Myths and realities in university industry partnerships
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Myths and Realities in University-Industry Partnerships. Peter Munsche Assistant Vice-President, Technology Transfer University of Toronto PAGSE Symposium 2000 October 24, 2000 Ottawa, Ontario. Our favourite myth. “We’re not very good at technology transfer, are we?”. Some facts.

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Myths and Realities inUniversity-Industry Partnerships

Peter Munsche

Assistant Vice-President,

Technology Transfer

University of Toronto

PAGSE Symposium 2000

October 24, 2000

Ottawa, Ontario


Our favourite myth

  • “We’re not very good at technology transfer, are we?”


Some facts

  • between 1991-97

    U.S.Canada

    Licensing

    revenues+271%+242%

    Industrial

    funding+103%+348%

    Source: AUTM Licensing Survey


International comparison

  • share of university R&D funded by industry

    19911997

    Canada6.3%11.8%

    Germany7.8%7.5%

    U.K.7.6%6.2%

    U.S.A.4.7%5.5%

    Source: Statistics Canada


We’re good at something? Why?

  • government policies

    • tax credits

    • matching grants

  • changing industry attitudes

    • need for value added

    • knowledge-based industries

  • Canadian universities, eh?


What do Canadian universities do?

  • have lots of research expertise

  • know how to use matching grant programs

  • are flexible about IP rights

    • psst! no Bayh-Dole Act

  • build relationships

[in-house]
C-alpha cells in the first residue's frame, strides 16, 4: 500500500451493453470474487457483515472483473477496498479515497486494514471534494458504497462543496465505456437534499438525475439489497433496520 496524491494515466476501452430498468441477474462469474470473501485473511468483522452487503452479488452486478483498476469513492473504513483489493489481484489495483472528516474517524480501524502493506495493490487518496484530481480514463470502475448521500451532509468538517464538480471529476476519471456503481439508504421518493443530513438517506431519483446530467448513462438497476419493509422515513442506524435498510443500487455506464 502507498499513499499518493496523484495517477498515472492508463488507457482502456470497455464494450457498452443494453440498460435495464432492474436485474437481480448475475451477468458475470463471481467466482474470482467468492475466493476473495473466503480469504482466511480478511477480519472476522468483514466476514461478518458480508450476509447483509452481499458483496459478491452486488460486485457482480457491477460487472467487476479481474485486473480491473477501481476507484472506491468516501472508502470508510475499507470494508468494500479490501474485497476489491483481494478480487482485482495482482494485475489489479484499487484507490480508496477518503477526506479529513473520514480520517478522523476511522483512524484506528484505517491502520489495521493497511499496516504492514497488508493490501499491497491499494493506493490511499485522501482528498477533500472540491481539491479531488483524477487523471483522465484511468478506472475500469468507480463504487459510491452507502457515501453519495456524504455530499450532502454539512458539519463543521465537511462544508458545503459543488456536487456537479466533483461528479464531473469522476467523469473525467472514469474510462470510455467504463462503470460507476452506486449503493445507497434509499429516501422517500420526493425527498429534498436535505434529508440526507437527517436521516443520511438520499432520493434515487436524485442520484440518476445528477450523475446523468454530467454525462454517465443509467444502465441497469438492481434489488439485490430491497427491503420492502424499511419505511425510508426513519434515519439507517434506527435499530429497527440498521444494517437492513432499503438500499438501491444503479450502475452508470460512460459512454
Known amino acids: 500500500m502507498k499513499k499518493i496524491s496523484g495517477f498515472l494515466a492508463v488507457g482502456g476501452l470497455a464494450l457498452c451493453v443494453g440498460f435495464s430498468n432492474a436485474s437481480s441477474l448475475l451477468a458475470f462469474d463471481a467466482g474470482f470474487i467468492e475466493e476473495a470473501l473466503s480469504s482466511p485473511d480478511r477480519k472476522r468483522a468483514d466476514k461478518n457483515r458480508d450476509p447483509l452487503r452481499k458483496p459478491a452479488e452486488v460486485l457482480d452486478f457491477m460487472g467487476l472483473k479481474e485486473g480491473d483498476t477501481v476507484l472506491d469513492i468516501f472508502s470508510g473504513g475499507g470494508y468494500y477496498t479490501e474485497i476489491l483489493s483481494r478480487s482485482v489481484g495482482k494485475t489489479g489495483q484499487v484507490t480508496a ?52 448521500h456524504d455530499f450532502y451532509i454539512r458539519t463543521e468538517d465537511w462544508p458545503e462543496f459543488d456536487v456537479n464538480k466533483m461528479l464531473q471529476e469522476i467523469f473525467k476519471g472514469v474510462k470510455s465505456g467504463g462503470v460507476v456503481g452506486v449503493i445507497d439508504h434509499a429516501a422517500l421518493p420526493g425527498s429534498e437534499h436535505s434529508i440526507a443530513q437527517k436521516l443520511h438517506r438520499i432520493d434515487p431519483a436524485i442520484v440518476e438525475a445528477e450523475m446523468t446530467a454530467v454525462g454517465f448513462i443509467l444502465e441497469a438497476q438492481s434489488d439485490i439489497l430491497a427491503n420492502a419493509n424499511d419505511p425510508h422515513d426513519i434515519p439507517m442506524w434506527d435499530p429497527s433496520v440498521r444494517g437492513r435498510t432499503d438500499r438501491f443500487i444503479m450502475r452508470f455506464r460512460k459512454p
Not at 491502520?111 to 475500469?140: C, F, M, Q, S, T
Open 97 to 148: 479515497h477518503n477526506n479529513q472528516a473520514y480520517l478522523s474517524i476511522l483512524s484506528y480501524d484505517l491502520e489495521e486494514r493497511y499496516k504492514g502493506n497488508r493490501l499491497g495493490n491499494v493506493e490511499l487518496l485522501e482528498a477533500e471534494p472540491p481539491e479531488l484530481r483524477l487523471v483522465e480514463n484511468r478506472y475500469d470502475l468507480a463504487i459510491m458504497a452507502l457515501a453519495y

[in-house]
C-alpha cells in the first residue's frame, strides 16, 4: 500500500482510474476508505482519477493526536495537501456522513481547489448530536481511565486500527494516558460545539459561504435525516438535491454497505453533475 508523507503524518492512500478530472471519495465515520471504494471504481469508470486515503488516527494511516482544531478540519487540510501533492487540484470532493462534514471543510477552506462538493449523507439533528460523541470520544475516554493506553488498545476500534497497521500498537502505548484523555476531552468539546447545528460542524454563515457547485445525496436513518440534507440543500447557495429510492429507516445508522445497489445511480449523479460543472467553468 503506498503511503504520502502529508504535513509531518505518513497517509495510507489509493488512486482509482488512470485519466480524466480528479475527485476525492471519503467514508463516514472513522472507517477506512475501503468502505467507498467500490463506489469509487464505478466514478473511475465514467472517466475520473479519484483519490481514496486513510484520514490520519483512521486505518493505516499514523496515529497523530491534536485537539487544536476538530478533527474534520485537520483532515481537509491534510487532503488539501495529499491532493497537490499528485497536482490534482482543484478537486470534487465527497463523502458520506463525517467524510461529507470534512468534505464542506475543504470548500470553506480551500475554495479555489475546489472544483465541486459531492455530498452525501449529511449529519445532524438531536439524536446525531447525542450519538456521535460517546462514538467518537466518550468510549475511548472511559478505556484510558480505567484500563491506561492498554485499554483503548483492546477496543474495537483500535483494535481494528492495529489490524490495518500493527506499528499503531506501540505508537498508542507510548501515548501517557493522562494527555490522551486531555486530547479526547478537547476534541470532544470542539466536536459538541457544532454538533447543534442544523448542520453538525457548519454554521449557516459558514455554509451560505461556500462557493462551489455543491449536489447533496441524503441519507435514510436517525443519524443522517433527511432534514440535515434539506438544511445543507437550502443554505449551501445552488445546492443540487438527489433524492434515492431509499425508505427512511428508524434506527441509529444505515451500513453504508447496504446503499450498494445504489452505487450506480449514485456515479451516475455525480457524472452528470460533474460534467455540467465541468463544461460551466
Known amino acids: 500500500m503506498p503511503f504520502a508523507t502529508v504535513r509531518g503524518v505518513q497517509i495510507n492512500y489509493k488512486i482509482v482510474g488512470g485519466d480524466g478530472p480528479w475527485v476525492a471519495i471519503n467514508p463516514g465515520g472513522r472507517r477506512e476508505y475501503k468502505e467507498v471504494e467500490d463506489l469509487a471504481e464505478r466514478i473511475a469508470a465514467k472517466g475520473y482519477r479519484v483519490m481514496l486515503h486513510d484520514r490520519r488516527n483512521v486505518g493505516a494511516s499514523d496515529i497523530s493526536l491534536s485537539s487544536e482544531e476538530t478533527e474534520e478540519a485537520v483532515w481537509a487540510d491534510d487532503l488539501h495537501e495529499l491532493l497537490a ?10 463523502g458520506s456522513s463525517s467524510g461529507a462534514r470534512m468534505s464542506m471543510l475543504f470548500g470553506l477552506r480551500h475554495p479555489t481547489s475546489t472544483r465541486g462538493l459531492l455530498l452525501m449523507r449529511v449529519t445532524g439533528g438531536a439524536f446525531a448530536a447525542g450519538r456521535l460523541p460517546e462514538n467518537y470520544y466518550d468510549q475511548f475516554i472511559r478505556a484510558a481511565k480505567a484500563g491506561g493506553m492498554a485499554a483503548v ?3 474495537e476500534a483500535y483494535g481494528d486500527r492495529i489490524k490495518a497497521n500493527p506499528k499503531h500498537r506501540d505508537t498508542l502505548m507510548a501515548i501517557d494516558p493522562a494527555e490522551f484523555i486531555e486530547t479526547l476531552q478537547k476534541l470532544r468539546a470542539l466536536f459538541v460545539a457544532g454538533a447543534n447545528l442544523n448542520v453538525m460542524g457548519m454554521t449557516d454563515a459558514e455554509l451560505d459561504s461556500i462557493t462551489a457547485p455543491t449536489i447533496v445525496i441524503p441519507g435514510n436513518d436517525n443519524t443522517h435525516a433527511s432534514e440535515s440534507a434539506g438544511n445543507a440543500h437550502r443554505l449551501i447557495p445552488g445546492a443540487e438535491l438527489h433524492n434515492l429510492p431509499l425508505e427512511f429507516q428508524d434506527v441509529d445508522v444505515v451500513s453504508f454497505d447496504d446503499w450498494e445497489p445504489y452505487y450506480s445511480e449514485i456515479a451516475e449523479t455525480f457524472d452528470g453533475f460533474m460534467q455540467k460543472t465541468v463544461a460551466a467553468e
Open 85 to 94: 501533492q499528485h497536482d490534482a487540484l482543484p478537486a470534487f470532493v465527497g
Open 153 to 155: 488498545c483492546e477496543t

Example: Bell University Labs

  • initiated 1998

  • total company investment: $35 million over 3 years

  • multi-university participation

    • NCM2 in Quebec

    • Waterloo

    • Toronto


BUL at Toronto

  • collaborative investment

    • $13.5 million from Bell

    • $11.8 million from Ontario R&D Challenge Fund

    • $3 million from University (plus in-kind)

  • spent on

    • 4 endowed Chairs (plus 4 junior positions)

    • $4.3 million in research funding

    • lab enhancements, start-up funding, technical staff


That’s big, but why is it special? - I

  • it’s a strategic investment

    • has the commitment of senior management at both University and Bell

  • focus is not technical

    • research involves sociology, law, medicine, education, psychology, as well as computer science and engineering


That’s big, but why it is special? - II

  • management is collaborative

    • research investments decided by a Joint Committee

    • both University and Bell have assigned staff to make it work

  • emphasis on communication

    • company “champions” required for projects

    • BUL Seminar Series

    • short courses for Bell employees


Any conclusions?

  • technology transfer is more than royalties and spin-off companies

  • Canada is better at this than it thinks

  • we need to move beyond projects to long-term programatic relationships

  • it can be done


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